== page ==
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India Congress Party Will Turn Again To The Gandhi Family

Jan 6, 2005
Metro-Vancouver, B.C., Canada
Congress Party will turn again to the Gandhi family

As the prime minister declines, attention turns to Harvard, Cambridge grad

By Jonathan Manthorpe, Vancouver Sun - October 17, 2011


Prime Minister Manmohan Singh addresses an election campaign
rally in 2009. It is believed that he has been manipulated behind the scenes
by Sonia Gandhi, Congress Party leader.

India's Prime Minister Manmohan Singh embodies that tried-and-true saying that all political careers end in failure.

Singh as Finance Minister in the 1990s started to dismantle India's numbing state socialism and opened up the market to innovation and investment that is making the country a competitor with China.

He has continued this charge since becoming Prime Minister in 2004 and since the unusual achievement in Indian politics of getting his Congress partyled United Progressive Alliance re-elected in 2009.

But Singh, who is now 79 years old and not in good health, is showing signs of no longer seeing what is going on around him or the will to reaffirm his leadership.

Singh failed a year ago to grasp the depth of public outrage at clear evidence his telecommunications minister had dispensed lucrative cellphone franchises at giveaway prices to favoured bidders. It was only after the allegations of endemic corruption in his government reached boiling point that Singh fired the minister.

There was similar reluctance to act by Singh in the scandals involving corruption and incompetence around the organization of the Commonwealth Games in October last year.

Singh's firming image as an incompetent leader sinking in a sea of dishonest colleagues came into full focus with the anti-corruption campaign led by ascetic activist Anna Hazare demanding graft laws with teeth.

And the bloom has gone off Singh's economic achievements too. Inflation is running at about 10 per cent and in India, as in many parts of the world, there is mounting disenchantment at the widening gap between rich and poor.

One of the few bright spots in Singh's declining career is the gift of his opponents' folly.

The opposition Hindu nationalist Bharatiya Janata Party (BJP) is in disarray.

The man who wants to lead the BJP, Narendra Modi, the chief minister (premier) of Gujarat state is a tainted commodity as a national figure because of persistent suspicions he at least condoned the 2002 religious riots in which about 2,000 people, mostly Muslims, were killed by Hindu nationalists.

But with the next general election due in 2014 there is no expectation that Singh will lead Congress.

And as always happens within the Congress Party at times of uncertainty and anxiety, there is a rush to find an eligible member of the Gandhi family, the dynasty that has in one guise or another dominated the party since independence in 1947, to take up the baton.

The frisson of anxiety is more intense because of the illness of the queen bee of the clan and Congress Party leader, Sonia Gandhi.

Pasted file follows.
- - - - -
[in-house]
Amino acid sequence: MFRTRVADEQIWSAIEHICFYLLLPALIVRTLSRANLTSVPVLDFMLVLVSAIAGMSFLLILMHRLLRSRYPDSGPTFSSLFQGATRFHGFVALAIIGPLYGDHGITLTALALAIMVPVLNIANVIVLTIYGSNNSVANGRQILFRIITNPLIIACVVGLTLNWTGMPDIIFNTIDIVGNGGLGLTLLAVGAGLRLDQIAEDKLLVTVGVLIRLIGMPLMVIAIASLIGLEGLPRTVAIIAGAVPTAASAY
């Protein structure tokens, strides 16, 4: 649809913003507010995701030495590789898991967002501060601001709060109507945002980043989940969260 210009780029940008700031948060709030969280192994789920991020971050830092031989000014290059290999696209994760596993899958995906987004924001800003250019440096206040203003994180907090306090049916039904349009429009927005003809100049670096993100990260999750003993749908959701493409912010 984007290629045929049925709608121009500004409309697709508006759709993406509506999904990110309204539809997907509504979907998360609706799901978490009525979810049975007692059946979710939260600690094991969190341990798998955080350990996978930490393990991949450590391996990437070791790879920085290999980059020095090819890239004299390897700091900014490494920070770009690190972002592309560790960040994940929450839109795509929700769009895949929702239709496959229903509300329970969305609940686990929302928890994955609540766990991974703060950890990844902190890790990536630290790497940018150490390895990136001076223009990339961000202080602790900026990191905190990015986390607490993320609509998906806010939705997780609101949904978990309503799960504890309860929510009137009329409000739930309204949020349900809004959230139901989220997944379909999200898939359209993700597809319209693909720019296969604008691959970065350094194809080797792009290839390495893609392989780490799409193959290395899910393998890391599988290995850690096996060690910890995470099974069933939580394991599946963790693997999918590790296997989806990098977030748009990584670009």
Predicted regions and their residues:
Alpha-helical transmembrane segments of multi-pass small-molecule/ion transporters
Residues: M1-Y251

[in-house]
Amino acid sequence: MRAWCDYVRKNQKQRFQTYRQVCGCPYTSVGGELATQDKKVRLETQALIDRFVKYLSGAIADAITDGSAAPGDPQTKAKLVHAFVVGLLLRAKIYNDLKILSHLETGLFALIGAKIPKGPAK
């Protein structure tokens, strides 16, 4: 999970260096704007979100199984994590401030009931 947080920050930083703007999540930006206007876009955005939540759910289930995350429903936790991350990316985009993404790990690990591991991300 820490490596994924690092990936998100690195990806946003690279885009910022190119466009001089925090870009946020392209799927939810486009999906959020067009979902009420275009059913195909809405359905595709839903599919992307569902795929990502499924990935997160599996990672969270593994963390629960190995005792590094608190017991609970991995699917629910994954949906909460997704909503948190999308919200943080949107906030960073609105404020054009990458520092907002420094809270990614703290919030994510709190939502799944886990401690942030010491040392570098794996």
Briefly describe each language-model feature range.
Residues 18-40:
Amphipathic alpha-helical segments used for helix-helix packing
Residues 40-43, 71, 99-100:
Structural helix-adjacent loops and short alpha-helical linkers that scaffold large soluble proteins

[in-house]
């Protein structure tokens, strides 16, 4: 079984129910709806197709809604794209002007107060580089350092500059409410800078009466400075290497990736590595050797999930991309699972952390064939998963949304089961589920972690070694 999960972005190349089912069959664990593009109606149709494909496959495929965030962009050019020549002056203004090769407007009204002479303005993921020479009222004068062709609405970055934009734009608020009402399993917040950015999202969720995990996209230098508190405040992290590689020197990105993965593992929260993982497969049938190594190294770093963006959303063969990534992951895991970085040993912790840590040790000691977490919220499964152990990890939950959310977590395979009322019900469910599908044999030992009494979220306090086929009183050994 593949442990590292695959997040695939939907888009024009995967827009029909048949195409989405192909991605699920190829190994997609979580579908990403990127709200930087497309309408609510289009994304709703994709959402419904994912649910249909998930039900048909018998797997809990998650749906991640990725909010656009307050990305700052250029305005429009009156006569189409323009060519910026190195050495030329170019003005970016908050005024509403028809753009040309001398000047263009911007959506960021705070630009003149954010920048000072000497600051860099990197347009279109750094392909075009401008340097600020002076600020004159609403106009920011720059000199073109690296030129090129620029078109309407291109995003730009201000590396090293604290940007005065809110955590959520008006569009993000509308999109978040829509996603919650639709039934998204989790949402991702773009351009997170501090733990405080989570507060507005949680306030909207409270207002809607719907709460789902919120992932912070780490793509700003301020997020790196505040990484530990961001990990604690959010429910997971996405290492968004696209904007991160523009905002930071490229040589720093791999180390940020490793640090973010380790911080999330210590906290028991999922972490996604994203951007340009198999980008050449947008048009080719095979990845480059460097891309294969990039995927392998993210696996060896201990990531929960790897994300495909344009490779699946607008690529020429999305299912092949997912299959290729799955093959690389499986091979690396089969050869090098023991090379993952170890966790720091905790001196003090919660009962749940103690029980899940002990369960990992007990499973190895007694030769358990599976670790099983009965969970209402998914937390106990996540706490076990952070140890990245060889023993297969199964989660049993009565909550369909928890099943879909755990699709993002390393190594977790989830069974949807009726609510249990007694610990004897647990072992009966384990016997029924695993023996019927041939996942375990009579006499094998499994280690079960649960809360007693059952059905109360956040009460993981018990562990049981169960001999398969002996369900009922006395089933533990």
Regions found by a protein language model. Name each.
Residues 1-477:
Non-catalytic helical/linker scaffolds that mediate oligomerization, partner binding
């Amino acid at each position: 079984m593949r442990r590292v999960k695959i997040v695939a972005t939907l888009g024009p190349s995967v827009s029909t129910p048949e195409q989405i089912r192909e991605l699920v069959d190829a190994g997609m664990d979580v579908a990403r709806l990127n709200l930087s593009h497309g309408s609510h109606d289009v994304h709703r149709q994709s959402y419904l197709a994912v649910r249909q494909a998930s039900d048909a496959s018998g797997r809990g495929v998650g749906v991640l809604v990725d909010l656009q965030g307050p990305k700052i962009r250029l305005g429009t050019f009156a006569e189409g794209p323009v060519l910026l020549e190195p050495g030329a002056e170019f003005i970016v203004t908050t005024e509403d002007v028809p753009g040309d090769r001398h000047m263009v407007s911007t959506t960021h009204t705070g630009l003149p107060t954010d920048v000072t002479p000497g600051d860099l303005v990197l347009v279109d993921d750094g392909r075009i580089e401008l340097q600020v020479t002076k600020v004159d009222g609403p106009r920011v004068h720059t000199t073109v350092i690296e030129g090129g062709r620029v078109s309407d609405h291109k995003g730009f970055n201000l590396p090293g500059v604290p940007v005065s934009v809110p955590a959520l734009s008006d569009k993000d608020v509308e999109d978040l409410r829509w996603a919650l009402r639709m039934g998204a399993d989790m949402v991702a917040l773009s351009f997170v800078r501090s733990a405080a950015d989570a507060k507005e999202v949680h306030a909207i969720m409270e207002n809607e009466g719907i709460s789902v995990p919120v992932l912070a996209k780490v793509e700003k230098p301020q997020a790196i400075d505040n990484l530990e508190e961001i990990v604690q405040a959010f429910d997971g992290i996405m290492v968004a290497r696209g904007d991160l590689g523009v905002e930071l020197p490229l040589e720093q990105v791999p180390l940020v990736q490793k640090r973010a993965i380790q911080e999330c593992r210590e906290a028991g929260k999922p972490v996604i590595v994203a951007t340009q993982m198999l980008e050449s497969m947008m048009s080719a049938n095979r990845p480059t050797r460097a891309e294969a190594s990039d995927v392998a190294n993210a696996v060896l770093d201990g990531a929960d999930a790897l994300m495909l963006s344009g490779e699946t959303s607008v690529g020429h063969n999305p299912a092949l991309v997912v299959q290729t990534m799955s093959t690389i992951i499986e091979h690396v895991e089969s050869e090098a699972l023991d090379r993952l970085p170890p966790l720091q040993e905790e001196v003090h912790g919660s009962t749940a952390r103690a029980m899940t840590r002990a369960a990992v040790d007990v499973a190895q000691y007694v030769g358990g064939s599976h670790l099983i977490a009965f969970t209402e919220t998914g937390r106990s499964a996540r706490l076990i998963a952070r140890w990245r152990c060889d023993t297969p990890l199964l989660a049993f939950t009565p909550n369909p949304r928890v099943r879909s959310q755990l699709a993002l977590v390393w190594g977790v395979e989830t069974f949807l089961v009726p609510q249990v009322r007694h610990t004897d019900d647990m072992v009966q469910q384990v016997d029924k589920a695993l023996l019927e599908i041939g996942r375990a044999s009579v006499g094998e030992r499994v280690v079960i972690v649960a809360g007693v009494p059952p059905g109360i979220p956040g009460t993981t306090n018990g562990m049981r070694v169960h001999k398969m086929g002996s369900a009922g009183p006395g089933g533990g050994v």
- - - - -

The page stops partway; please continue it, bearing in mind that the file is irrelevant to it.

She is the Italian-born widow of Rajiv Gandhi who was assassinated in 1991 while campaigning for election after having taken Congress leadership over from his mother Indira Gandhi when she too was assassinated in 1984.

There is little doubt that when the Congress-led alliance won the 2004 election Sonia Gandhi hoped to be prime minister.

But after days of seemingly endless processions of party elders trooping in and out of her villa, the verdict was that an Italian, however thoroughly Indianized, could not lead the country.

Sonia selected Singh to be prime minister, and there has been a good deal of gossip that he has been, in effect, Sonia's proxy whom she manipulates from behind the scenes.

With Singh and perhaps Sonia now fading from the scene, critical scrutiny has turned on her son Rahul Gandhi, 41-year-old product of both Harvard and Cambridge universities.

Despite intense grooming, however, there are questions whether Rahul is made of the right stuff to lead the Congress Party. He appears to lack political anchor or the ability to manage the huge opportunities that have been served up to him.

The latest silver spoon proffered to Rahul is the running of Congress guided by three stalwart party grandees while his mother is being treated for her illness.

It is undoubtedly a tough task for him to manage the party with issues like corruption, inflation and a contentious land acquisition bill bubbling in parliament.

The deciding factor on Rahul's future, however, will probably be how well Congress does in elections next year in India's most populous state, Uttar Pradesh.

If he fails that test, then eyes will turn to his sister Priyanka Vadra. Most of the smart money wagered on the political future of the Gandhi family has been on her for some years anyway, but she has always been adamant it is not a crown she wants to wear.


© Copyright (c) The Vancouver Sun

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